Donald Wilber

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Donald Newton Wilber (November 14, 1907, Wisconsin[1]-February 2, 1997, Princeton, New Jersey[2]), American writer and spy.

Wilber was a principal architect of the CIA project "Operation Ajax", a successful plot to overthrow the government of Iranian Prime Minister Mohammad Mossadeq. The plot replaced Iran's first democratically elected Prime Minister with General Fazlollah Zahedi; the government fell back into the hands of its disempowered Mohammad Reza Shah Pahlavi, who had supported the coup. He later ordered the deaths of thousands of Iranians through SAVAK, the Shah's tightly controlled secret police, in his following regime.

Wilber served as a United States intelligence officer with the Office of Strategic Services (OSS), and was an active participant in the power struggles of nations, especially during the rivalry between the United States and the Soviet Union in Iran after World War II.

In addition to orchestrating the coup in Iran to benefit oil barons in Britain and the United States, in his spare time, Wilber wrote histories, travelogues and commentaries on Iran, Afghanistan and Sri Lanka. He is considered an authority on ancient Persia.

Background[edit]

Wilber studied the ancient and modern Middle East. He received his A.B. (1929), M.F.A., and Ph.D. (1949) from Princeton University, where he was the first student to receive a doctorate in architectural history.[citation needed]

In 1939 Wilber married Margaret Patterson Surre; they had two daughters, Sara Wilber Cohen and Margaret Newton Wilber.[2]

His book Iran Past and Present, was published in nine editions. Wilber collected oriental rugs, and was president of the Princeton Rug Society for many years. He spent forty years in the Middle East.

His memoir, which partially recounts his role in the coup, is Adventures in the Middle East and Iran, Past and Present and Iran Past.

CIA Plot[edit]

In August 2003, California State University Economics Professor Sasan Fayazmanesh, an Iranian expatriate, wrote:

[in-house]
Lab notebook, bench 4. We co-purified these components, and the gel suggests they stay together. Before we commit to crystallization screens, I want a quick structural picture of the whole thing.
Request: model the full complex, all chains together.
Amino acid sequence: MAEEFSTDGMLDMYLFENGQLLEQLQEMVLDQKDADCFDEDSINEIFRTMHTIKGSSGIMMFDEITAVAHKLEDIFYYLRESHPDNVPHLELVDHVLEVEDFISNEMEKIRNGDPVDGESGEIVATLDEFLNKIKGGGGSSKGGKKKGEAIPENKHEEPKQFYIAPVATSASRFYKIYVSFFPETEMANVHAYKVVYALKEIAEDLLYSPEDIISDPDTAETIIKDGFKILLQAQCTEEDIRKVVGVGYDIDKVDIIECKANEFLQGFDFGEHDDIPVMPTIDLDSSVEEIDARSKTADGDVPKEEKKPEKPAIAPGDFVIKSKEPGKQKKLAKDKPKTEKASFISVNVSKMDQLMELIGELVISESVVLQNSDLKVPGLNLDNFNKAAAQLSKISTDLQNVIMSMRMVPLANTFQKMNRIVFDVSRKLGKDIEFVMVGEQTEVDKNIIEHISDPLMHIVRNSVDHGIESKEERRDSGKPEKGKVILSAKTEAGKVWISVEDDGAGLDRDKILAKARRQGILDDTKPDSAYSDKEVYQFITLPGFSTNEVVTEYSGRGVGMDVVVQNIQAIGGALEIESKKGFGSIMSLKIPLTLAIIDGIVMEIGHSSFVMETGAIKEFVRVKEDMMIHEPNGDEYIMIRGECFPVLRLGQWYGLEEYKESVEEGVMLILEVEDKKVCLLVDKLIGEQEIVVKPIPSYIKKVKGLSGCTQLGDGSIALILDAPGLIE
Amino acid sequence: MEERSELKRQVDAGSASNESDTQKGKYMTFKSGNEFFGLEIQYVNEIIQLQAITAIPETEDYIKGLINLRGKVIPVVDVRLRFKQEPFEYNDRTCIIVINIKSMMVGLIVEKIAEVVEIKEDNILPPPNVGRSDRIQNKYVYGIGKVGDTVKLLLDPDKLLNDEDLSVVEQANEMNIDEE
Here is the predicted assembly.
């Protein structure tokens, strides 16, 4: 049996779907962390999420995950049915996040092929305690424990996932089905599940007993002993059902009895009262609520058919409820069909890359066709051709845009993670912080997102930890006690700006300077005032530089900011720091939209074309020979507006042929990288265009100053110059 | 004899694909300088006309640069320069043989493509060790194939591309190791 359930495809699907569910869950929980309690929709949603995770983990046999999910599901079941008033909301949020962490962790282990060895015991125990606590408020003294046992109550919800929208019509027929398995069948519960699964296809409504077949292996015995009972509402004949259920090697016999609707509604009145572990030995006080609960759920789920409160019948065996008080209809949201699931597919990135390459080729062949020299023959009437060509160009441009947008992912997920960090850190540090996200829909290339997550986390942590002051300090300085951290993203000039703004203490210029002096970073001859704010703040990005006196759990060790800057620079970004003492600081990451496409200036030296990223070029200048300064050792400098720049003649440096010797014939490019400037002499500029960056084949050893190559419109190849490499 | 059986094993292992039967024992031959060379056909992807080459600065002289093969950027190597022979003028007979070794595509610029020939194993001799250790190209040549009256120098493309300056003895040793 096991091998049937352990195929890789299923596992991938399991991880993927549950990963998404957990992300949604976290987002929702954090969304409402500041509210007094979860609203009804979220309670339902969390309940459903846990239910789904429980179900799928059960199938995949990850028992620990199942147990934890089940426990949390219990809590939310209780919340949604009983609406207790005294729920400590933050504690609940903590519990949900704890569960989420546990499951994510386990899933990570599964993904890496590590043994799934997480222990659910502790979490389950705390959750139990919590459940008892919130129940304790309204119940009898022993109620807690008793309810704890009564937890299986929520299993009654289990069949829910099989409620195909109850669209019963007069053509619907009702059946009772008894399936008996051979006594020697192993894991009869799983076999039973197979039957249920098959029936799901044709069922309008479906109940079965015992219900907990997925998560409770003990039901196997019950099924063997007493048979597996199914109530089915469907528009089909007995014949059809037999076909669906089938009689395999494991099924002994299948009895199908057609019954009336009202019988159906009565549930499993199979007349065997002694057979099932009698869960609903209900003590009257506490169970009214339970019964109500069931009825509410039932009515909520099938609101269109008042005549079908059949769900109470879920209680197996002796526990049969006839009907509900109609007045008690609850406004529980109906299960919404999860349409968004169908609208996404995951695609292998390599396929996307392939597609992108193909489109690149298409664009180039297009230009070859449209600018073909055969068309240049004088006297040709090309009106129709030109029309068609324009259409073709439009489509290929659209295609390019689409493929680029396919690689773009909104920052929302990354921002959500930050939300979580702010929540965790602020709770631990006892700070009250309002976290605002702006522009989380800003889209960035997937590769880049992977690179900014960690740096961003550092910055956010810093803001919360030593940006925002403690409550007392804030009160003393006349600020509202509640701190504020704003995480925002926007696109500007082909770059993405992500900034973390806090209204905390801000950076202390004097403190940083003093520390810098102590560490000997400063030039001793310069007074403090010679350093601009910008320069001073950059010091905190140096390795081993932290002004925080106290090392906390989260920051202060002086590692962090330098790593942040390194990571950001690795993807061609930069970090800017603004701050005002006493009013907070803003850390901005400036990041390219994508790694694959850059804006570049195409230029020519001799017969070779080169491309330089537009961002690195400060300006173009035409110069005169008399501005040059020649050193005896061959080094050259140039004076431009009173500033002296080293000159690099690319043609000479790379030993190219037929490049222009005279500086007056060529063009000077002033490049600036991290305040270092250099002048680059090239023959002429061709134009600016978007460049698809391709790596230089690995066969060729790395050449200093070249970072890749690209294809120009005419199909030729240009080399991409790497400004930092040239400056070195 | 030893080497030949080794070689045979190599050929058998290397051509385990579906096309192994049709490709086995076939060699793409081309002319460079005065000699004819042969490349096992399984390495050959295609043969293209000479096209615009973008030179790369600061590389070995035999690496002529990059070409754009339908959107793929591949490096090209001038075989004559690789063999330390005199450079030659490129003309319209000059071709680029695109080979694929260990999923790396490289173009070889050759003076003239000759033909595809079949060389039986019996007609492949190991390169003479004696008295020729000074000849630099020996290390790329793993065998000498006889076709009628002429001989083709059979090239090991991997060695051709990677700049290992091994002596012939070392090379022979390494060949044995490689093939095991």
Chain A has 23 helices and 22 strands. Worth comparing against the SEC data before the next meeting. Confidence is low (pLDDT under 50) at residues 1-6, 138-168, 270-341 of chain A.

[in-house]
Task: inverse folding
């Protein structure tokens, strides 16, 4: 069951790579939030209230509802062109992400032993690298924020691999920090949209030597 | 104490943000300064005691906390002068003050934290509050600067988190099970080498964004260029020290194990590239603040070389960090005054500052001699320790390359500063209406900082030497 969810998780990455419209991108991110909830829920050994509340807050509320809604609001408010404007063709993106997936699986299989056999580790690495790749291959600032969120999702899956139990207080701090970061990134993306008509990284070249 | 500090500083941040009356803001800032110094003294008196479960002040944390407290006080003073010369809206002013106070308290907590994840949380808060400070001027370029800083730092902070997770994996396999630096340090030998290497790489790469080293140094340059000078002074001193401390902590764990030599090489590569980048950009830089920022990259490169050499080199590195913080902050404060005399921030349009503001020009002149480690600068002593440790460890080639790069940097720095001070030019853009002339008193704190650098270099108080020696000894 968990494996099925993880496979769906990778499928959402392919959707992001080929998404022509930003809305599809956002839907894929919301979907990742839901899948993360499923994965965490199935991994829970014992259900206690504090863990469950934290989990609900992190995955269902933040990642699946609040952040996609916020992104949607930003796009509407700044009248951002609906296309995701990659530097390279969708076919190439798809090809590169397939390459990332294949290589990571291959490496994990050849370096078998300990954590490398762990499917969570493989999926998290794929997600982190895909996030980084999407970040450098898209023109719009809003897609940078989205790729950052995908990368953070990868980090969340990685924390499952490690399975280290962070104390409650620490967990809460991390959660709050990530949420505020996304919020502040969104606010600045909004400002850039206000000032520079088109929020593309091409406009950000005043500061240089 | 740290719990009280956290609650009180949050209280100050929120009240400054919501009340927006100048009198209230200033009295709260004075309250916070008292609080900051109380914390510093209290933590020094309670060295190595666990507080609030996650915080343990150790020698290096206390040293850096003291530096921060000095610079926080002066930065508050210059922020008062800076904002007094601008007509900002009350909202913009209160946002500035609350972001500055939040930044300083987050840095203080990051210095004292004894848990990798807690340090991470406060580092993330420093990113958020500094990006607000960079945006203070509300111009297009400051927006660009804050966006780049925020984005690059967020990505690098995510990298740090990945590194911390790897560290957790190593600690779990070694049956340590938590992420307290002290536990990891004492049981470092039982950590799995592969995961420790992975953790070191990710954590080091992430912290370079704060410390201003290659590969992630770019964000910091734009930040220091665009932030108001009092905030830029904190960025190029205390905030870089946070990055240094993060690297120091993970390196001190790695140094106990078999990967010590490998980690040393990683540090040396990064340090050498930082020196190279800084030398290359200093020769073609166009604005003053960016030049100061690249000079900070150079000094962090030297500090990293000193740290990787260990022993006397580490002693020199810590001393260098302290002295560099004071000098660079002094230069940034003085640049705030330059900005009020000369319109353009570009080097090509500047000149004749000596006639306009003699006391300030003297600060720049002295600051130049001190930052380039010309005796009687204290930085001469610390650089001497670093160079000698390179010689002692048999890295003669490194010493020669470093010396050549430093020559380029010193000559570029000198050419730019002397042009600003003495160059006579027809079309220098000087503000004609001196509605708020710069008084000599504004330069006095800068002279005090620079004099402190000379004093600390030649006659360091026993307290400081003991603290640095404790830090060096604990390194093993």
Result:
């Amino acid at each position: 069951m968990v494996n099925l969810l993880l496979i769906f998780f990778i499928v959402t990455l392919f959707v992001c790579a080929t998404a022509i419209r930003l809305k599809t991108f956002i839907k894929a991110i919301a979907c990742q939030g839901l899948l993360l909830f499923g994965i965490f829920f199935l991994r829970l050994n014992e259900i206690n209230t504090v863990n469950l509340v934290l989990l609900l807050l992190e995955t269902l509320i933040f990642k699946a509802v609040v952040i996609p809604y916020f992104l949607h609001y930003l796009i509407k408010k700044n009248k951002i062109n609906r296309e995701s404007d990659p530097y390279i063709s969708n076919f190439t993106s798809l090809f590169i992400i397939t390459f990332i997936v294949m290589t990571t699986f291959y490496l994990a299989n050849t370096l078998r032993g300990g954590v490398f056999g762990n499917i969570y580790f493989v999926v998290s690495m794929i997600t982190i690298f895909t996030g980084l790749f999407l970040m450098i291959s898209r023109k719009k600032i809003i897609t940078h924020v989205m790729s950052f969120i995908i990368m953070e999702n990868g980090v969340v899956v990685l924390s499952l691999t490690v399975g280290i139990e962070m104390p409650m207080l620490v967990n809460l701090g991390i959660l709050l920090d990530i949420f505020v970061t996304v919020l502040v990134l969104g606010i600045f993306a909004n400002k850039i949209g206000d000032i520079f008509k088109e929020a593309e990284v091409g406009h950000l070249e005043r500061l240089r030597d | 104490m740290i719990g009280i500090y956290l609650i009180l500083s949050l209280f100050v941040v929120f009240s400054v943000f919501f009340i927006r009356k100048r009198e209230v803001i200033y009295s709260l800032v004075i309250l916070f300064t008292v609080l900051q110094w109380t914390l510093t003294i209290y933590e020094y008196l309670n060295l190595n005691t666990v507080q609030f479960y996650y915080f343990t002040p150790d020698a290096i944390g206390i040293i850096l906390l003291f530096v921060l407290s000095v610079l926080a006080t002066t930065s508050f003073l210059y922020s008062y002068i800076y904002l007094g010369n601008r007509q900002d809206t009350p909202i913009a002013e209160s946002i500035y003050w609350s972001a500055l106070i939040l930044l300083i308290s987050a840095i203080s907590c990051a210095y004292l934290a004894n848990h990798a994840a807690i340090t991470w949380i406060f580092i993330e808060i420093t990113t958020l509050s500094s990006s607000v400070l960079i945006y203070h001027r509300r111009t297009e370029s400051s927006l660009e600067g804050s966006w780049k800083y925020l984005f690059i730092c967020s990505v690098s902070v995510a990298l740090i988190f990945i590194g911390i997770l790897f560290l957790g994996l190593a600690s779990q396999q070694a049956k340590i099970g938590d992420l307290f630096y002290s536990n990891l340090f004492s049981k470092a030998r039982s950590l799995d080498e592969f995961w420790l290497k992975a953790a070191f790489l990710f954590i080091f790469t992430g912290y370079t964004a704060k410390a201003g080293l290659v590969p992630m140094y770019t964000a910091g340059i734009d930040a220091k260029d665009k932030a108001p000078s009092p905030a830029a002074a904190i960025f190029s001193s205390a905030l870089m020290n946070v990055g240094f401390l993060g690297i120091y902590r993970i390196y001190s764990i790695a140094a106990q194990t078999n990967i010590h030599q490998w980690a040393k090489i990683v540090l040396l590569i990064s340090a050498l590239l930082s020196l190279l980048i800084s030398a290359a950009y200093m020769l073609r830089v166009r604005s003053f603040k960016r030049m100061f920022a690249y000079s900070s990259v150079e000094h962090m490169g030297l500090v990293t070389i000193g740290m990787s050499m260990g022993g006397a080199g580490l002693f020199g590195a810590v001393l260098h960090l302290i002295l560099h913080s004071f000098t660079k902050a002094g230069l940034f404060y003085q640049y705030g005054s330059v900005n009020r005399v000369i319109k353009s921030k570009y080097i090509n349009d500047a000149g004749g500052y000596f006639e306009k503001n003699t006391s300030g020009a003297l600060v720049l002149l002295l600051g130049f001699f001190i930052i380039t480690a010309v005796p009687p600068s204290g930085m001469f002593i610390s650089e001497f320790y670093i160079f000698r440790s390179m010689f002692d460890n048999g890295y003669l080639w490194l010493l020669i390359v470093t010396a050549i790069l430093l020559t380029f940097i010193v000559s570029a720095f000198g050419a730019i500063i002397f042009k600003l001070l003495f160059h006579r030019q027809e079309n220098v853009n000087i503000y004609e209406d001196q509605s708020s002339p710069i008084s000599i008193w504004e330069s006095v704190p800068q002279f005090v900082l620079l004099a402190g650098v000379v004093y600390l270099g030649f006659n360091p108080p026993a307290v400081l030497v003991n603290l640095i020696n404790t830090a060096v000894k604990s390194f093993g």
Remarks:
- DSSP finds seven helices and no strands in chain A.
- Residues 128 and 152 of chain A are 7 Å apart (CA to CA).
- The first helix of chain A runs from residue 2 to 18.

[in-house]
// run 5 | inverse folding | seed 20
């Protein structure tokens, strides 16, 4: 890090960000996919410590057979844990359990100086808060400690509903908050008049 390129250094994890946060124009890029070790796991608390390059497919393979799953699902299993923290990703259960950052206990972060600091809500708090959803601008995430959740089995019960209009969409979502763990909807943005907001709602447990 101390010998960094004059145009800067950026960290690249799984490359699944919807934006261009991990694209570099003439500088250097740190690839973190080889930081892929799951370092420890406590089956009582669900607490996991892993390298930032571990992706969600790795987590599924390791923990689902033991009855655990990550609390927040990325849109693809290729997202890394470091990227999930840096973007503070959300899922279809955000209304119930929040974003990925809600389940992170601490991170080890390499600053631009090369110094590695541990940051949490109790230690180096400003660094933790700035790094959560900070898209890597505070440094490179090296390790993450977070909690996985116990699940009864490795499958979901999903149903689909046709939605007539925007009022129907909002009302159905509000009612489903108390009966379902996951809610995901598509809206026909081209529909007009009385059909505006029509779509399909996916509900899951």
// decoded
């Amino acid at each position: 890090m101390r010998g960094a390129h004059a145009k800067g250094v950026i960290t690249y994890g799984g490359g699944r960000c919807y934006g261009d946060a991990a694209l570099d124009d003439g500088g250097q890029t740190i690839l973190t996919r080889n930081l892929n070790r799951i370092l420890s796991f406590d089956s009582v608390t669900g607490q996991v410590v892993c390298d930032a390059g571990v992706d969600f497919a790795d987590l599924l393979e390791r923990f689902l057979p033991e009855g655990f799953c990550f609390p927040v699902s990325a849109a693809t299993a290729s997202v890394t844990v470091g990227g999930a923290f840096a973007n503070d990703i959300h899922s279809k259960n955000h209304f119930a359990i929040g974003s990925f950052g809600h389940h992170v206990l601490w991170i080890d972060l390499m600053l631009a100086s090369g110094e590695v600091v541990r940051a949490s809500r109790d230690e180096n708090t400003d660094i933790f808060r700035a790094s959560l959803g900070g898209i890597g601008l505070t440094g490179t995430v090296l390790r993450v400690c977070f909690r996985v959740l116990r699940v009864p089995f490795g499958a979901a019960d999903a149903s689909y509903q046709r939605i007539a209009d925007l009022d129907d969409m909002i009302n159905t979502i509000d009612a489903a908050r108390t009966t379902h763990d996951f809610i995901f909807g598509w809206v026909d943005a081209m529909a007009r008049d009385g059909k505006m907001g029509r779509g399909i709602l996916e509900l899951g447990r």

On April 16, 2000, The New York Times broke what its writer, James Risen, called the US's "stony silence" by devoting a number of pages to publishing parts of a still classified document on the "secret history" of the 1953 coup. The history was written by one Donald N. Wilbur, an expert in Persian architecture and one of the "leading planners" of the operation "TP-Ajax."

The report chronicled gruesome details of the events in 1953: how, by spending a meager sum of $1 million, the CIA "stirred up considerable unrest in Iran, giving Iranians a clear choice between instability and supporting the shah"; how it brought "the largest mobs" into the street; how it "began disseminating 'gray propaganda' passing out anti-Mossadegh cartoons in the streets and planting unflattering articles in local press"; how the CIA's "Iranian operatives pretending to be Communists threatened Muslim leaders with 'savage punishment if they opposed Mossadegh'"; how the "house of at least one prominent Muslim was bombed by CIA agents posing as Communists"; how the CIA tried to "orchestrate a call for a holy war against Communism"; how on August 19 "a journalist who was one of the agency's most important Iranian agents led a crowd toward Parliament, inciting people to set fire to the offices of a newspaper owned by Dr. Mossadegh's foreign minister"; how American agents swung "security forces to the side of the demonstrators"; how the shah's disbanded "Imperial Guard seized trucks and drove through the street"; how by "10:15 there were pro-shah truckloads of military personnel at all main squares"; how the "pro-shah speakers went on the air, broadcasting the coups' success and reading royal decrees"; how at the US embassy, "CIA officers were elated, and Mr. Roosevelt got General Zahedi out of hiding" and found him a tank that "drove him to the radio station, where he spoke to the nation"; and, finally, how "Dr. Mossadegh and other government officials were rounded up, while officers supporting General Zahedi placed 'unknown supports of TP-Ajax' in command of all units of Tehran garrison."

"It was a day that should have never ended," Risen quotes Wilber as saying, for "it carried with it such a sense of excitement, of satisfaction and of jubilation that it is doubtful whether any other can come up to it." [3]

Publications[edit]

Wilber is the author of articles and books, including:

  • The Islamic Architecture of Iran and Turan: The Timurid Period (with Lisa Golombek, Princeton University Press, 2 vols.)
  • Iran Past and Present (Princeton University Press)
  • The Architecture of Islamic Iran: The Il Khanid Period (Princeton University Press)
  • Persian Gardens and Garden Pavilions (Dumbarton Oaks)
  • Pakistan Yesterday and Today (Holt, Rinehart and Winston)
  • Persepolis: The Archaeology of Parsa, Seat of the Persian Kings (The Darwin Press, Inc.)
  • The Land and People of Ceylon (J. B. Lippincott Company)
  • Contemporary Iran (Frederick A. Praeger)
  • Adventures in the Middle East: Excursions and Incursions (The Darwin Press, Inc.)

References[edit]

  1. ^ United States Department of State, Biographic Register (U.S. Govt. Print. Off., 1951), p. 135.
  2. ^ a b "Donald Newton Wilber '29 *49," Princeton Alumni Weekly, Mar. 19, 1997.
  3. ^ What Kermit Roosevelt Didn't Say
4. ^ Zinn, Howard & Buhle, Paul. A People's History of American Empire. New York: Metropolitan Books, 2008. p. 235

External links[edit]